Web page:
In early spring Eric and Audra Bergman’s living room was home to 25 baby Rhode Island Reds and Buff Orpingtons, breeds of chickens known for their dependable and productive egg laying abilities and cold hardiness. The chicks had arrived in the mail a few weeks earlier and were spending their young lives in the living room, a warm space full of sunlight, house plants, and books about growing vegetables and raising farm animals. But the time had come for the chicks to take the next step; they were moving to the greenhouse to live in the mobile chicken coop Eric and Audra had built for them. The coop could be moved up and down the rows of the greenhouse giving the chickens, as they grew, access to new ground, where they would eat bugs, dig in the soil, and add nutrients as they traveled. Eric and Audra gathered the chicks into one large plastic bin and carried them from the living room to the greenhouse. As Audra released the chicks into their new home they seemed excited, bounding around their new space, scratching in the dirt, and running back and forth under the red tinted light that provides them with extra warmth.

In 2010 Eric and Audra’s began their first season of farming at Groundworks Farm outside of Great Falls, Montana, where they lease 20 acres of land and grow vegetables on about 4 of those acres. Here the land softly undulates in shallow lines leading toward the Rocky Mountain Front to the west. Both Audra and Eric are from Montana, but they do not come from farming families. Although, as Eric pointed out, “None of us by and large…are that far removed from it [agriculture], but it seems like a long time. My dad grew up on a farm and my grandparents had a farm, and we would visit, but I certainly didn’t grow up on a farm. It doesn’t seem like it’s that close, but it’s just one generation out.” Yet, even given our cultural closeness to farming, friends and family members were still surprised when Eric and Audra told them they are starting a farm. “People ask what I’m doing and I say, ‘Well, we’re starting a farm.’ They look at you a little cross eyed, ‘Wow you’re crazy, who starts a farm?’”

Indeed, who starts a farm and why? Eric and Audra both attended the University of Montana where they studied biology and forestry respectively, though they met later while working for the Forest Service in Choteau. Eric had always dreamed of farming, and part of what he finds compelling about the occupation is the dynamic aspect of the work. Part of his desire to farm, though, stems from something deeper; “I’m motivated to try to do what I think is good work in the world,” he said. Audra found Eric’s passion for growing food contagious, and she takes joy in the work she now finds herself doing. “It’s just very simple,” she said. “You sort out your day, whether you’re picking rocks or weeding or fixing chicken feeders. I like that. I don’t like to wake up and do the same thing every day. I enjoy the animals and watching things grow, hovering over the pepper plants and watching their germination. Enjoying all the life we’re bringing here.”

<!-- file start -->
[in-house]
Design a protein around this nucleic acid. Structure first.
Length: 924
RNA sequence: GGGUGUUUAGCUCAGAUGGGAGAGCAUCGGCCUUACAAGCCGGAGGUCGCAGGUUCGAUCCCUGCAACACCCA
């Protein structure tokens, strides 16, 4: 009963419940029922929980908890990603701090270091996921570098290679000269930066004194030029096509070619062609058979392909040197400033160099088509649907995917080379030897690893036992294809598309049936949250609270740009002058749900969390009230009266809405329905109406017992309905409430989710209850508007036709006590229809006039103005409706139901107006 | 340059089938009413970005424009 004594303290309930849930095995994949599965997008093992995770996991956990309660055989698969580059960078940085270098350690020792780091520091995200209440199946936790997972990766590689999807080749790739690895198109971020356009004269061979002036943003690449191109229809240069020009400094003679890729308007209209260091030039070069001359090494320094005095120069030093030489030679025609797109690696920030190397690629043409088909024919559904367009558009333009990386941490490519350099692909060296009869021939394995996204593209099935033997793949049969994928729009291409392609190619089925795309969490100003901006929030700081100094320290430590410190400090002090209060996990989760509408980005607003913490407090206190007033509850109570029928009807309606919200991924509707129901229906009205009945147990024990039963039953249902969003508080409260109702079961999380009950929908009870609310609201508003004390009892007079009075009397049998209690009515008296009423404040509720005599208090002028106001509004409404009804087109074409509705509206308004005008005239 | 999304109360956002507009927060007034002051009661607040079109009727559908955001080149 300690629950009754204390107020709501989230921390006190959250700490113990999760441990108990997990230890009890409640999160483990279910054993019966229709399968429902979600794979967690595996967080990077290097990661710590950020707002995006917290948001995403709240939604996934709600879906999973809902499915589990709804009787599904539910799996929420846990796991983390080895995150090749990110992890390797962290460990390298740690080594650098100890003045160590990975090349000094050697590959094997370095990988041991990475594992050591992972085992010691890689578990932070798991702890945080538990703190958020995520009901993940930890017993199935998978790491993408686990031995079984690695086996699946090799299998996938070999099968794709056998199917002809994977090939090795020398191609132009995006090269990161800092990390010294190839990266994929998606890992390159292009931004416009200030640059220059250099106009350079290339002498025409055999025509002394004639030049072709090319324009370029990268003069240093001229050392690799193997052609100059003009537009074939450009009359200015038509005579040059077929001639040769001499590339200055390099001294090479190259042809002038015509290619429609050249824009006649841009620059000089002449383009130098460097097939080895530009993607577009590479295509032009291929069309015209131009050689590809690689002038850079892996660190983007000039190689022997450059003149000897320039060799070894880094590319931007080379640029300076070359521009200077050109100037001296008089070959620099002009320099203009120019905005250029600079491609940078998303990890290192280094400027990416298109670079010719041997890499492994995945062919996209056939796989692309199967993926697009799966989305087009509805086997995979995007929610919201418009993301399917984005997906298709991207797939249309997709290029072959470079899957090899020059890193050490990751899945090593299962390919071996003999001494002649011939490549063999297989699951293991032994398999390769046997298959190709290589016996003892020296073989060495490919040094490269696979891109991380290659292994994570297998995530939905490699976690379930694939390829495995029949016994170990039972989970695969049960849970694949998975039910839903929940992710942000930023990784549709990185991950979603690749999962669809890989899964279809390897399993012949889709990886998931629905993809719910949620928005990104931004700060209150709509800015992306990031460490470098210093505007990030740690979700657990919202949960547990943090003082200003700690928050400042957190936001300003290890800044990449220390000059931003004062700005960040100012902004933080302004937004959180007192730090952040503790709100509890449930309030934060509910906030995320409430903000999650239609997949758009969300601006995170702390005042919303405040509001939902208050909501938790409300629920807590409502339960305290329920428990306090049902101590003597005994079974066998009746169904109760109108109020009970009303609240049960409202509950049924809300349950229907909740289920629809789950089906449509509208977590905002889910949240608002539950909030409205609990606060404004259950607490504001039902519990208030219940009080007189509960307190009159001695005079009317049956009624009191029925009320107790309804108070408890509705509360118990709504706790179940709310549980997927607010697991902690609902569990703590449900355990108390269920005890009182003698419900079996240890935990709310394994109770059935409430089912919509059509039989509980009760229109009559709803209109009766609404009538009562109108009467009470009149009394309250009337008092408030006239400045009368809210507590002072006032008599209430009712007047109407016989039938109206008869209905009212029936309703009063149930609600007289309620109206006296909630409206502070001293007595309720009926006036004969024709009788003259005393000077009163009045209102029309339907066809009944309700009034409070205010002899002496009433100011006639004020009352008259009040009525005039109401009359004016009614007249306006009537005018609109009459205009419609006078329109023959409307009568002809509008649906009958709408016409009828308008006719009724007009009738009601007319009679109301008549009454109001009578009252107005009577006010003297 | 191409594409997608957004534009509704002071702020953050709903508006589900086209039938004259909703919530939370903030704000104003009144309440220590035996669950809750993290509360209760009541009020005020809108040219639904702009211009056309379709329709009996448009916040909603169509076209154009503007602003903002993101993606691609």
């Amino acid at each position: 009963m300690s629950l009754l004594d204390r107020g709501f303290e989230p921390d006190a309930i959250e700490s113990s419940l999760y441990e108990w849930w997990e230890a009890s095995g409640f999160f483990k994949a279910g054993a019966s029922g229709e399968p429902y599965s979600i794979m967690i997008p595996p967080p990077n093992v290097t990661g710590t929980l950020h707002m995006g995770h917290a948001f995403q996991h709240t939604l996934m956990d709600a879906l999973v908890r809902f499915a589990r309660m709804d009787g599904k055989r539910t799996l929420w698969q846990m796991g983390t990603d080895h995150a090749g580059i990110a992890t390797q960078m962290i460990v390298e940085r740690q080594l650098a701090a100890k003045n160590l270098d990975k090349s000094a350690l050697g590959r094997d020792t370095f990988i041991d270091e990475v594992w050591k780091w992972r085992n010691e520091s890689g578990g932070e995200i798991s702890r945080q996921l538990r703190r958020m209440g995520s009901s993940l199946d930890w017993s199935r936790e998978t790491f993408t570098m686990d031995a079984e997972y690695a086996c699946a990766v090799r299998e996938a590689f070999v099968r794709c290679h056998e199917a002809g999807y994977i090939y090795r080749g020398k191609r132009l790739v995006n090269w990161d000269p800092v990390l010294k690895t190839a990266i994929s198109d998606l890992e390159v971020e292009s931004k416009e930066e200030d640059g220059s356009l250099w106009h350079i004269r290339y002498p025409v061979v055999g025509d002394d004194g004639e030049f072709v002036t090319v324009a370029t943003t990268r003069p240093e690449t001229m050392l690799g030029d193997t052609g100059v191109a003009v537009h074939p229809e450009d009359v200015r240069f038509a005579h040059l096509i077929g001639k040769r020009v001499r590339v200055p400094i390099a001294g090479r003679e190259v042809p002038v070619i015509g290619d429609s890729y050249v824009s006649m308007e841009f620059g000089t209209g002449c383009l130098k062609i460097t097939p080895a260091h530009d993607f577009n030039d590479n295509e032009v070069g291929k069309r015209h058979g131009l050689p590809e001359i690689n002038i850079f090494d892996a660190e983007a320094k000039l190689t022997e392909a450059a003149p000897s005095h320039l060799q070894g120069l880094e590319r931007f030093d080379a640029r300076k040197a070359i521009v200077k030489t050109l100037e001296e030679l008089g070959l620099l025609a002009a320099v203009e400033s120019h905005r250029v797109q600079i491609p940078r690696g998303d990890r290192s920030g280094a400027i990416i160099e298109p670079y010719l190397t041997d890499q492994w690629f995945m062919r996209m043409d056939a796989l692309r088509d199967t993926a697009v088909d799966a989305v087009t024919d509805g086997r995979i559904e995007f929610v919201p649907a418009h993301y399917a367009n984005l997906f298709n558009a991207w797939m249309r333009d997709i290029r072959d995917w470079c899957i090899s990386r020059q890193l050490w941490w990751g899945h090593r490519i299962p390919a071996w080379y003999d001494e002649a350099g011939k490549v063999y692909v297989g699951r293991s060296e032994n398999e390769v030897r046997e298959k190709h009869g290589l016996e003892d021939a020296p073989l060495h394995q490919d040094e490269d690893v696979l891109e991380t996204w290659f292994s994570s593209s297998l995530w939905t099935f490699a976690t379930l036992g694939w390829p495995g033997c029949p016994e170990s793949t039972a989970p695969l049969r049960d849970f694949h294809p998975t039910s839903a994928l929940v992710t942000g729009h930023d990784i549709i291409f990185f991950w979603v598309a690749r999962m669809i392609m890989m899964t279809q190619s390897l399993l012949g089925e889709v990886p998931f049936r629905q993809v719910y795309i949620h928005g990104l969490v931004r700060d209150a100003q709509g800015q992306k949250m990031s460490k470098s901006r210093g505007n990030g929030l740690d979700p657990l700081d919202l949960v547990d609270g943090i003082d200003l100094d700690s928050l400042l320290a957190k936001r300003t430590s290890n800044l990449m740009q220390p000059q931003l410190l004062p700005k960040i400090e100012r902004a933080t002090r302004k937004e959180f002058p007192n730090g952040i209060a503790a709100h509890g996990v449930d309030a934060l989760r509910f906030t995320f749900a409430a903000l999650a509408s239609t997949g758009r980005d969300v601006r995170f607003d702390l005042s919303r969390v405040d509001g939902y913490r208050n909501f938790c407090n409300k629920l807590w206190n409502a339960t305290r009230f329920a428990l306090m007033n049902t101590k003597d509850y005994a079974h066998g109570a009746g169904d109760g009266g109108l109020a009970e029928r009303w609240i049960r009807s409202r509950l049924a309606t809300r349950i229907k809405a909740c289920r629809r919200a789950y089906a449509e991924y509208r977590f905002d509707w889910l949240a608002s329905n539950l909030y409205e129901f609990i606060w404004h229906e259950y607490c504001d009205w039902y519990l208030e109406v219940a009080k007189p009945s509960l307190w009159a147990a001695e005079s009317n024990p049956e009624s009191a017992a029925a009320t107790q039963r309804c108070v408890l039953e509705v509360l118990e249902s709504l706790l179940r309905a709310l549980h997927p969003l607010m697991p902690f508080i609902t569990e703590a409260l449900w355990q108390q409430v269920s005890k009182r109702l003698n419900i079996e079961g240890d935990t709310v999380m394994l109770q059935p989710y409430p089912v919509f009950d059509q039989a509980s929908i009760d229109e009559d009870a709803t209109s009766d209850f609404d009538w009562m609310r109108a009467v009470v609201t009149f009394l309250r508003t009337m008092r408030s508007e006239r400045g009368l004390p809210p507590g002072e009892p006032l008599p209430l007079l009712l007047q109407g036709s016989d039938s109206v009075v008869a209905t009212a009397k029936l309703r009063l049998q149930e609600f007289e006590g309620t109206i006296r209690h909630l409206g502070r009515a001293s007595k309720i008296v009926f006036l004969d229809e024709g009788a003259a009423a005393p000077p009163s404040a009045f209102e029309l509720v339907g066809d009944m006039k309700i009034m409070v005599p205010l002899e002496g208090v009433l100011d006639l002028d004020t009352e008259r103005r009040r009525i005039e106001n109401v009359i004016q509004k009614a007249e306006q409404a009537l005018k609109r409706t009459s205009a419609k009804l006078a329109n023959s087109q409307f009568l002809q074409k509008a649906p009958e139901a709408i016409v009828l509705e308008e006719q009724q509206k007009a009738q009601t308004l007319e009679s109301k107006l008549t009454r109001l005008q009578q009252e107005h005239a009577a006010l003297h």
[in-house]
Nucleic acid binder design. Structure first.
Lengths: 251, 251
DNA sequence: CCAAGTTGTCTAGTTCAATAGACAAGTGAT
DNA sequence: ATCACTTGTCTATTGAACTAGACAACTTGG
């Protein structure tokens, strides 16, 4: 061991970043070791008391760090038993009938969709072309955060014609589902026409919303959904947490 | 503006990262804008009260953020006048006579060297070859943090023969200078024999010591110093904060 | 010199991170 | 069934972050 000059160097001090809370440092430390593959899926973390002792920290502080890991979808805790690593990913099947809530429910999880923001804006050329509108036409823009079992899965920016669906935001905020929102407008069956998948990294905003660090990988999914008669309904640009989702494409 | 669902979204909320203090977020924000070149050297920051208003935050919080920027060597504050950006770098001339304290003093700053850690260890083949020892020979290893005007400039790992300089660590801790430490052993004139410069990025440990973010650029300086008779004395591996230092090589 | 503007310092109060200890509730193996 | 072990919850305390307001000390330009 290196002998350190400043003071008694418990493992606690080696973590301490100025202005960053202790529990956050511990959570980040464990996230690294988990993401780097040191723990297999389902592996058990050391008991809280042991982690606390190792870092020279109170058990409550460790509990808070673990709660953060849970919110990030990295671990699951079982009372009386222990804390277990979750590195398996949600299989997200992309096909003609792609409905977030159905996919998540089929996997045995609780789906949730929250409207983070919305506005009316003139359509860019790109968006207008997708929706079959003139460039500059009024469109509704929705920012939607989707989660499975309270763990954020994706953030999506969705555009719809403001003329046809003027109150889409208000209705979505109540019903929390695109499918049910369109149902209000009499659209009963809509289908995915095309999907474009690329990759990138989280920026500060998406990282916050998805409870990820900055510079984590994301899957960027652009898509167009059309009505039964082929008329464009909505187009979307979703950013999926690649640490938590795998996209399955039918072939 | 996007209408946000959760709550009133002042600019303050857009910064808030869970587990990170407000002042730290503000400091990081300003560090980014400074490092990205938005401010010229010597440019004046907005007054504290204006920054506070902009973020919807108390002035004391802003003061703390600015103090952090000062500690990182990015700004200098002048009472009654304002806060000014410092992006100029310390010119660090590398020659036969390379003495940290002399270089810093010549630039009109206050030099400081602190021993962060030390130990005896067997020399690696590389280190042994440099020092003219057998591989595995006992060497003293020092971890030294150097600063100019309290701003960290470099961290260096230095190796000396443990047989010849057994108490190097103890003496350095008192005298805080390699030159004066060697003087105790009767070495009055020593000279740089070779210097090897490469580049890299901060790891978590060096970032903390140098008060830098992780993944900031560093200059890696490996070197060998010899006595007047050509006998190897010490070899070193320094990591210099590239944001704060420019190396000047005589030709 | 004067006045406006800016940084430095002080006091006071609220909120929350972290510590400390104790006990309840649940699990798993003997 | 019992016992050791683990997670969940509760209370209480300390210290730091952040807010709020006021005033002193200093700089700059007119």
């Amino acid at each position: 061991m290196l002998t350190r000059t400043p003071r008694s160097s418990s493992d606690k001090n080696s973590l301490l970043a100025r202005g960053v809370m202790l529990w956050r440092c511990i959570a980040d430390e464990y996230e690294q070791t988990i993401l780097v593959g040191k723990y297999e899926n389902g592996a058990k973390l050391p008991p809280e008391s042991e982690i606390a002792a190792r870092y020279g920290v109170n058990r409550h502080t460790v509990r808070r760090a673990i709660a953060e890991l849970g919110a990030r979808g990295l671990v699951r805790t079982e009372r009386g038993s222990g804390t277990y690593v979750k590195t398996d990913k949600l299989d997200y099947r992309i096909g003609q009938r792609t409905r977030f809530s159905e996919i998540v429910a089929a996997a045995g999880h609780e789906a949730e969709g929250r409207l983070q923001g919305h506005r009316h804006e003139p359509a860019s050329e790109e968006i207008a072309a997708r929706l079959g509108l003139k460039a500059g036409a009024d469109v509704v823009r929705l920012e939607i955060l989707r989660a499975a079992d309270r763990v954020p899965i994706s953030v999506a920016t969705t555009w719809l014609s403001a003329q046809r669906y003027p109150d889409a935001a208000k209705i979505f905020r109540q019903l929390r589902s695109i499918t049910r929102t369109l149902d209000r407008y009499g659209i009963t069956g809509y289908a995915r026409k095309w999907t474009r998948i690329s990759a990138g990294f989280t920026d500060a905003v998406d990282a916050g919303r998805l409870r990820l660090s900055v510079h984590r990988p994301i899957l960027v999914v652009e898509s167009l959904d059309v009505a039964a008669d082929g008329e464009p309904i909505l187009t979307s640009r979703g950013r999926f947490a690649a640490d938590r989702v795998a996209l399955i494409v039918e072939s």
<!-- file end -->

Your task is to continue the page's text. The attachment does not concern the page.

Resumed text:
For their first season Eric and Audra sold their vegetables at the Great Falls Farmers’ Market and through a CSA (community supported agriculture) group. For now selling vegetables is the primary focus of their business, but then there are also the chickens. The baby chicks that arrived in the spring began laying eggs midway through the summer. Eric and Audra also raised about 40 broiler chickens that they slaughtered themselves. Late in the summer they added to their laying flock by acquiring another group of chicks. In the future, chickens will hopefully play a bigger role in the farm business. Audra would like to experiment with crossbreeding heritage birds to develop a chicken that is well-suited to Montana’s climate. “The pursuit of the perfect chicken,” Eric said, half jokingly. “Yes, that will be a side note to Groundworks Farm,” Audra replied, “home of the perfect chicken,” she paused, perhaps thinking about the global ramifications of creating a perfect chicken, then added a local-food caveat, “for this climate.”